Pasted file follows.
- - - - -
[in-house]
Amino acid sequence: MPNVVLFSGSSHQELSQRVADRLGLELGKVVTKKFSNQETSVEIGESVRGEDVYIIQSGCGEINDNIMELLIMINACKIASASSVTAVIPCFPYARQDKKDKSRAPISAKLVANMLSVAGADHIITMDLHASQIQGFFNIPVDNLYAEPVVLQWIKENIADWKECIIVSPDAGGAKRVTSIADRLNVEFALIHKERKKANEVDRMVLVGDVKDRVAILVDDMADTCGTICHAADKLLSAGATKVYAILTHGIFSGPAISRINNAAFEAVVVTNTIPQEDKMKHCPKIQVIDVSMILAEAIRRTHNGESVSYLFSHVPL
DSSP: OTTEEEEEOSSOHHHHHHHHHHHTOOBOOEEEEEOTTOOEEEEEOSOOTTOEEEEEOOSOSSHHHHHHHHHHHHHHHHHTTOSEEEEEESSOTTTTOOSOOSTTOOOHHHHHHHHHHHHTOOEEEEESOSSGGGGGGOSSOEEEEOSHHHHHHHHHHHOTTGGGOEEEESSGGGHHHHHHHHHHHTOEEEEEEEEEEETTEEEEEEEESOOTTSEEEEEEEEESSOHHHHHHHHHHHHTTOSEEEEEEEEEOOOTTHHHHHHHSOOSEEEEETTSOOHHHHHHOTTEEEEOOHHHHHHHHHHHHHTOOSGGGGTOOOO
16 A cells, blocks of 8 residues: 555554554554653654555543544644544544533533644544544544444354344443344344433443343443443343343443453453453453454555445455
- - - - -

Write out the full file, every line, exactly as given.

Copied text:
[in-house]
Amino acid sequence: MPNVVLFSGSSHQELSQRVADRLGLELGKVVTKKFSNQETSVEIGESVRGEDVYIIQSGCGEINDNIMELLIMINACKIASASSVTAVIPCFPYARQDKKDKSRAPISAKLVANMLSVAGADHIITMDLHASQIQGFFNIPVDNLYAEPVVLQWIKENIADWKECIIVSPDAGGAKRVTSIADRLNVEFALIHKERKKANEVDRMVLVGDVKDRVAILVDDMADTCGTICHAADKLLSAGATKVYAILTHGIFSGPAISRINNAAFEAVVVTNTIPQEDKMKHCPKIQVIDVSMILAEAIRRTHNGESVSYLFSHVPL
DSSP: OTTEEEEEOSSOHHHHHHHHHHHTOOBOOEEEEEOTTOOEEEEEOSOOTTOEEEEEOOSOSSHHHHHHHHHHHHHHHHHTTOSEEEEEESSOTTTTOOSOOSTTOOOHHHHHHHHHHHHTOOEEEEESOSSGGGGGGOSSOEEEEOSHHHHHHHHHHHOTTGGGOEEEESSGGGHHHHHHHHHHHTOEEEEEEEEEEETTEEEEEEEESOOTTSEEEEEEEEESSOHHHHHHHHHHHHTTOSEEEEEEEEEOOOTTHHHHHHHSOOSEEEEETTSOOHHHHHHOTTEEEEOOHHHHHHHHHHHHHTOOSGGGGTOOOO
16 A cells, blocks of 8 residues: 555554554554653654555543544644544544533533644544544544444354344443344344433443343443443343343443453453453453454555445455